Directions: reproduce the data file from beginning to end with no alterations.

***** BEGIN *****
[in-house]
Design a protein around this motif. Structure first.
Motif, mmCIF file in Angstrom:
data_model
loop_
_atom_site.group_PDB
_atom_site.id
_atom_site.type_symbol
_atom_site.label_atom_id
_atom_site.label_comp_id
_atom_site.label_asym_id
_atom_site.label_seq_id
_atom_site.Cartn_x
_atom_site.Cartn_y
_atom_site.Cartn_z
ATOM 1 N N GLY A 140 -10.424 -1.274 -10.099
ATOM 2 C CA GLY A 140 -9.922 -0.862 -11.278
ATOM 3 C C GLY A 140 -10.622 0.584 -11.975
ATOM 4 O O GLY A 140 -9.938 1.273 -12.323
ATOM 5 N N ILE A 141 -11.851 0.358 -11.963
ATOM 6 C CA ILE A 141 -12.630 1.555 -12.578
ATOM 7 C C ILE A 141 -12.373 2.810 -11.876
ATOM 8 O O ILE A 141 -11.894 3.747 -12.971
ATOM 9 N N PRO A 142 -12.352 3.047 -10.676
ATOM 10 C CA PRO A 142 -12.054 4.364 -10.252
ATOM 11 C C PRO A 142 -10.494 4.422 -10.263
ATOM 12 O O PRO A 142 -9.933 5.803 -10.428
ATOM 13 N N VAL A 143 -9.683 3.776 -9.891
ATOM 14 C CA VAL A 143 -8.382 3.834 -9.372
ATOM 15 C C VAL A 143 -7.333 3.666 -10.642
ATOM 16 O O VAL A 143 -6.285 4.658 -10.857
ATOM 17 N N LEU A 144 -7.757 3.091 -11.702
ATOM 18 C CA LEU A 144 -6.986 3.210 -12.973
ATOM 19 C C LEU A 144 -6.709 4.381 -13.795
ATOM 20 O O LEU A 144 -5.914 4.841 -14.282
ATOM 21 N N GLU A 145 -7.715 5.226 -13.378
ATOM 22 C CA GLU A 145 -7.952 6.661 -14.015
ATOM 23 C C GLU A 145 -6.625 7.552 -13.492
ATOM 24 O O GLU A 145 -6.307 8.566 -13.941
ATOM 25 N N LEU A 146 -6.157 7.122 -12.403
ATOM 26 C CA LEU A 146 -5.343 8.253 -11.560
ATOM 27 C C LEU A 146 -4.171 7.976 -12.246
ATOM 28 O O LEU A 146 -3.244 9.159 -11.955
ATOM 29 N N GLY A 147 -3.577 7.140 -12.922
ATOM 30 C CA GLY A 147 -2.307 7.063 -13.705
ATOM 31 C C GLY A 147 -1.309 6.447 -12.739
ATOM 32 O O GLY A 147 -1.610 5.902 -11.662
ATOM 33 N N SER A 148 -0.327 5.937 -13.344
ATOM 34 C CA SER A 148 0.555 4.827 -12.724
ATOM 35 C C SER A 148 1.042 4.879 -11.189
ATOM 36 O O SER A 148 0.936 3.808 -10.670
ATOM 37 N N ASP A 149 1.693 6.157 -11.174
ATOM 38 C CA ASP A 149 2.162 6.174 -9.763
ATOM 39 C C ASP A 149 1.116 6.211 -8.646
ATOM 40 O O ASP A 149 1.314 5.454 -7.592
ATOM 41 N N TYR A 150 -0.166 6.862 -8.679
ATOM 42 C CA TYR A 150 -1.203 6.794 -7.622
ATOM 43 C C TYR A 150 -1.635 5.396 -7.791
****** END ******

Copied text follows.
[in-house]
Design a protein around this motif. Structure first.
Motif, mmCIF file in Angstrom:
data_model
loop_
_atom_site.group_PDB
_atom_site.id
_atom_site.type_symbol
_atom_site.label_atom_id
_atom_site.label_comp_id
_atom_site.label_asym_id
_atom_site.label_seq_id
_atom_site.Cartn_x
_atom_site.Cartn_y
_atom_site.Cartn_z
ATOM 1 N N GLY A 140 -10.424 -1.274 -10.099
ATOM 2 C CA GLY A 140 -9.922 -0.862 -11.278
ATOM 3 C C GLY A 140 -10.622 0.584 -11.975
ATOM 4 O O GLY A 140 -9.938 1.273 -12.323
ATOM 5 N N ILE A 141 -11.851 0.358 -11.963
ATOM 6 C CA ILE A 141 -12.630 1.555 -12.578
ATOM 7 C C ILE A 141 -12.373 2.810 -11.876
ATOM 8 O O ILE A 141 -11.894 3.747 -12.971
ATOM 9 N N PRO A 142 -12.352 3.047 -10.676
ATOM 10 C CA PRO A 142 -12.054 4.364 -10.252
ATOM 11 C C PRO A 142 -10.494 4.422 -10.263
ATOM 12 O O PRO A 142 -9.933 5.803 -10.428
ATOM 13 N N VAL A 143 -9.683 3.776 -9.891
ATOM 14 C CA VAL A 143 -8.382 3.834 -9.372
ATOM 15 C C VAL A 143 -7.333 3.666 -10.642
ATOM 16 O O VAL A 143 -6.285 4.658 -10.857
ATOM 17 N N LEU A 144 -7.757 3.091 -11.702
ATOM 18 C CA LEU A 144 -6.986 3.210 -12.973
ATOM 19 C C LEU A 144 -6.709 4.381 -13.795
ATOM 20 O O LEU A 144 -5.914 4.841 -14.282
ATOM 21 N N GLU A 145 -7.715 5.226 -13.378
ATOM 22 C CA GLU A 145 -7.952 6.661 -14.015
ATOM 23 C C GLU A 145 -6.625 7.552 -13.492
ATOM 24 O O GLU A 145 -6.307 8.566 -13.941
ATOM 25 N N LEU A 146 -6.157 7.122 -12.403
ATOM 26 C CA LEU A 146 -5.343 8.253 -11.560
ATOM 27 C C LEU A 146 -4.171 7.976 -12.246
ATOM 28 O O LEU A 146 -3.244 9.159 -11.955
ATOM 29 N N GLY A 147 -3.577 7.140 -12.922
ATOM 30 C CA GLY A 147 -2.307 7.063 -13.705
ATOM 31 C C GLY A 147 -1.309 6.447 -12.739
ATOM 32 O O GLY A 147 -1.610 5.902 -11.662
ATOM 33 N N SER A 148 -0.327 5.937 -13.344
ATOM 34 C CA SER A 148 0.555 4.827 -12.724
ATOM 35 C C SER A 148 1.042 4.879 -11.189
ATOM 36 O O SER A 148 0.936 3.808 -10.670
ATOM 37 N N ASP A 149 1.693 6.157 -11.174
ATOM 38 C CA ASP A 149 2.162 6.174 -9.763
ATOM 39 C C ASP A 149 1.116 6.211 -8.646
ATOM 40 O O ASP A 149 1.314 5.454 -7.592
ATOM 41 N N TYR A 150 -0.166 6.862 -8.679
ATOM 42 C CA TYR A 150 -1.203 6.794 -7.622
ATOM 43 C C TYR A 150 -1.635 5.396 -7.791